WASHINGTON (05/12/2000) - Media giant Walt Disney Co. is asking U.S. federal regulators to impose a series of stringent antidiscrimination rules on the proposed merger of top cable company Time Warner Inc. with Internet behemoth America Online Inc. (AOL) .
The request for regulatory limits on AOL-Time Warner is no shocker, given that Disney has stepped up its criticism of the merger after a dispute between Time Warner Cable and Disney's ABC-affiliated TV stations led to a brief blackout of the stations for 3.5 million cable viewers on May 1. The U.S. Federal Communications Commission (FCC) subsequently has ruled that Time Warner's move, coming in the midst of the ratings "sweeps" period, was illegal.
In a filing with the FCC yesterday, Disney warned that the proposed AOL-Time Warner merger would have a commanding reach to distribute all manner of media content over cable wires and the Internet, meaning that the combined company could use that position to discriminate against other content producers.
"This level of integration of control of content and broadband distribution will create undeniable economic incentives and opportunity for the merged entity to favor its own affiliated content and to discriminate against unaffiliated content providers, thereby limiting and skewing consumer choice," Disney said in the filing.
Disney asked the FCC to prohibit the merged company from engaging in a series of business practices, such as refusing to deal with unaffiliated content providers or distributors, opting out of presenting competitors' information on electronic programming guides, and even using Internet routers to slow down the Web sites of competitors on its broadband network. Disney offered no evidence that any of the practices had already occurred.
Ironically, many of the objections raised by Disney were made against the company's own acquisition of Capital Cities/ABC back in 1995. That deal combined Disney's extensive entertainment production facilities with the major TV network. Additionally, Disney faced accusations of excessive corporate meddling in 1998, when ABC News pulled the plug on a story about pedophilia and lax security in Disney theme parks.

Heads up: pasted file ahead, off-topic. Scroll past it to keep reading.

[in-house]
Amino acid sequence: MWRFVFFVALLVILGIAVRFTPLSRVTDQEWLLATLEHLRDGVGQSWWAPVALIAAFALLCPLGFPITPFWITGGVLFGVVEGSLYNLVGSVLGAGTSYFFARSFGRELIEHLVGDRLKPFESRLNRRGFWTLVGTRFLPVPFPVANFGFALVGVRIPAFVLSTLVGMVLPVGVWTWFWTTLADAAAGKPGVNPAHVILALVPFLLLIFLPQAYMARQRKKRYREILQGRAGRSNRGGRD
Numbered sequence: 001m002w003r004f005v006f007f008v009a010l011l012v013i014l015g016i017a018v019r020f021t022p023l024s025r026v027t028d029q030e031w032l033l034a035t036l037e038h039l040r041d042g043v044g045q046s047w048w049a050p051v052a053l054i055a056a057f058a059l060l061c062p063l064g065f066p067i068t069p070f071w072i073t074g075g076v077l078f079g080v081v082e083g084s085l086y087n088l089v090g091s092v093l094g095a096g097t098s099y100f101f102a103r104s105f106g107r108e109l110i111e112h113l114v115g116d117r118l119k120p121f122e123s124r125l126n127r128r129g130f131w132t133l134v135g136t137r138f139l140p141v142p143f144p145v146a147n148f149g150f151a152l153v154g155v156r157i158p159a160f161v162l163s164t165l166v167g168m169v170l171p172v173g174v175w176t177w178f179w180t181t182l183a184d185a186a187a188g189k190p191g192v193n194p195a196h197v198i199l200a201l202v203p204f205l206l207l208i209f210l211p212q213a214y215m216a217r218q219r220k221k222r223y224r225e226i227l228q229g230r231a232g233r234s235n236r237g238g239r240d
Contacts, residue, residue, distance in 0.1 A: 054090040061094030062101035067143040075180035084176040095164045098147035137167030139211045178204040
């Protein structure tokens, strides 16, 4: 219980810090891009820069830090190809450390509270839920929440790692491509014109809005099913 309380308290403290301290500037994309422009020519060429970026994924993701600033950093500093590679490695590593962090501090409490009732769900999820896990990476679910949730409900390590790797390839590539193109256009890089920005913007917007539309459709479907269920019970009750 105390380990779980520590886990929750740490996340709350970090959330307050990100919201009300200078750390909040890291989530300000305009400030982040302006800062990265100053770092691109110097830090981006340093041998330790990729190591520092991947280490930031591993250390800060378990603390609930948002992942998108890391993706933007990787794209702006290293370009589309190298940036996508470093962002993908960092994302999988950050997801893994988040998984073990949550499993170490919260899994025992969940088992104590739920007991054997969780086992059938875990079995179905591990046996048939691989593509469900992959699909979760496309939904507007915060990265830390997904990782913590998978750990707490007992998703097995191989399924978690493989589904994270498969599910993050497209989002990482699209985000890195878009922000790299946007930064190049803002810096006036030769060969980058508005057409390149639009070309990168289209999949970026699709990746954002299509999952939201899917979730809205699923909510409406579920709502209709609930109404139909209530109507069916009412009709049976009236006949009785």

AOL and Time Warner also filed documents with the FCC today, replying to earlier briefs from consumer groups and others that called for a rejection of the merger; divestiture of AOL's stake in DirecTV, GM's satellite TV service; or limits on the merged company's business practices. The merger partners denied that they would have either the incentive or the ability to discriminate, and they added that many of the supposed harms mentioned had nothing to do with the merger.
"In light of both market conditions and the two merger partners' long-standing strategic goals, suggestions that the merged entity will manipulate its content or facilities to unfairly compete for subscribers are not valid," the companies stated. "Given the vast and diverse availability of content choices, the economic incentives for a mass-media company clearly militate for the widest possible distribution to the largest audience obtainable -- everywhere and anywhere."
The FCC has an unlimited amount of time to review the proposed merger, which was announced in January. Typically, the agency reviews large deals for six to 12 months though in some cases the process is longer. The agency has not rejected a major merger in decades but often imposes stringent conditions or requires divestitures. The proposed merger is being reviewed separately by the U.S. Federal Trade Commission (FTC).
Disney's filing included at least one proposal that the company has requested, both from regulators and in business negotiations, for some time -- even before the AOL-Time Warner merger was announced. Disney asked the FCC to require that AOL-Time Warner give its cable TV customers all data embedded in new digital-television broadcasts as long as the information is made available for free.
Digital technologies slowly coming into use by Disney and others will allow TV stations to send as many as six ordinary programs over airwaves that now carry a single analog channel. In addition, digital broadcasts could carry high-definition TV shows or even Internet and computer data.
The cable and broadcast industries have for several years been hotly debating before the FCC and U.S. Congress the issue of digital TV signal carriage over cable TV systems.